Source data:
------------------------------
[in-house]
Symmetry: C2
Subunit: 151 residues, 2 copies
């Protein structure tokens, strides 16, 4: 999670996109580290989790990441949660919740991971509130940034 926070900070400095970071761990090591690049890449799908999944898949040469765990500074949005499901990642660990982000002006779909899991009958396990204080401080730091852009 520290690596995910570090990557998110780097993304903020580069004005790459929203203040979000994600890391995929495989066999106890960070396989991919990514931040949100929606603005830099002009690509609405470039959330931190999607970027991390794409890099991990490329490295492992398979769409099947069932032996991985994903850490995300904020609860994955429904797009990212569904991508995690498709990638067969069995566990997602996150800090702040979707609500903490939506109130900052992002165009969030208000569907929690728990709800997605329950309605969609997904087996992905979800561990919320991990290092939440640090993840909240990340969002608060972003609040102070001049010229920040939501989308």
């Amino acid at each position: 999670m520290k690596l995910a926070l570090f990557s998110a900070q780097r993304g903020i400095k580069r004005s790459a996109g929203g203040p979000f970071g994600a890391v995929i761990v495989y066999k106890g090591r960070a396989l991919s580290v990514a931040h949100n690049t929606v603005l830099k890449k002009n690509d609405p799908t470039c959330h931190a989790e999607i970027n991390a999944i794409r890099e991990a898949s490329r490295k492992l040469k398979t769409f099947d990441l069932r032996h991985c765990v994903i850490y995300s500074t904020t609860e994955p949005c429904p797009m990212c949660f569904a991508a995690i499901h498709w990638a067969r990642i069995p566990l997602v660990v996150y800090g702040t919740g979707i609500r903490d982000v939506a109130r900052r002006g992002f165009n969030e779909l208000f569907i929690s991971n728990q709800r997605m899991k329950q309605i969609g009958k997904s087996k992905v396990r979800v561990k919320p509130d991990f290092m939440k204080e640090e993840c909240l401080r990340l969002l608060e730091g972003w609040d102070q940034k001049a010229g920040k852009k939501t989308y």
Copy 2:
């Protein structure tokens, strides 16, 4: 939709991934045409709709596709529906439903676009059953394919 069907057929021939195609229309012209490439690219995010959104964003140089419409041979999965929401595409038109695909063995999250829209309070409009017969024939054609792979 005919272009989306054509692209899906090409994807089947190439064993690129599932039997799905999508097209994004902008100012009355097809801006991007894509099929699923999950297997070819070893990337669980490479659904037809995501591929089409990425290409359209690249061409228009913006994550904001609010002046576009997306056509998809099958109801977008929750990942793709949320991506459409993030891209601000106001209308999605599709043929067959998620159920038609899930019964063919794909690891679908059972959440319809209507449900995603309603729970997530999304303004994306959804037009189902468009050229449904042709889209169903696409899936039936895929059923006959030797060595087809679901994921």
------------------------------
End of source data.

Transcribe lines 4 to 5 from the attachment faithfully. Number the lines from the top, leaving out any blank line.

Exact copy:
């Protein structure tokens, strides 16, 4: 999670996109580290989790990441949660919740991971509130940034 926070900070400095970071761990090591690049890449799908999944898949040469765990500074949005499901990642660990982000002006779909899991009958396990204080401080730091852009 520290690596995910570090990557998110780097993304903020580069004005790459929203203040979000994600890391995929495989066999106890960070396989991919990514931040949100929606603005830099002009690509609405470039959330931190999607970027991390794409890099991990490329490295492992398979769409099947069932032996991985994903850490995300904020609860994955429904797009990212569904991508995690498709990638067969069995566990997602996150800090702040979707609500903490939506109130900052992002165009969030208000569907929690728990709800997605329950309605969609997904087996992905979800561990919320991990290092939440640090993840909240990340969002608060972003609040102070001049010229920040939501989308």
């Amino acid at each position: 999670m520290k690596l995910a926070l570090f990557s998110a900070q780097r993304g903020i400095k580069r004005s790459a996109g929203g203040p979000f970071g994600a890391v995929i761990v495989y066999k106890g090591r960070a396989l991919s580290v990514a931040h949100n690049t929606v603005l830099k890449k002009n690509d609405p799908t470039c959330h931190a989790e999607i970027n991390a999944i794409r890099e991990a898949s490329r490295k492992l040469k398979t769409f099947d990441l069932r032996h991985c765990v994903i850490y995300s500074t904020t609860e994955p949005c429904p797009m990212c949660f569904a991508a995690i499901h498709w990638a067969r990642i069995p566990l997602v660990v996150y800090g702040t919740g979707i609500r903490d982000v939506a109130r900052r002006g992002f165009n969030e779909l208000f569907i929690s991971n728990q709800r997605m899991k329950q309605i969609g009958k997904s087996k992905v396990r979800v561990k919320p509130d991990f290092m939440k204080e640090e993840c909240l401080r990340l969002l608060e730091g972003w609040d102070q940034k001049a010229g920040k852009k939501t989308y």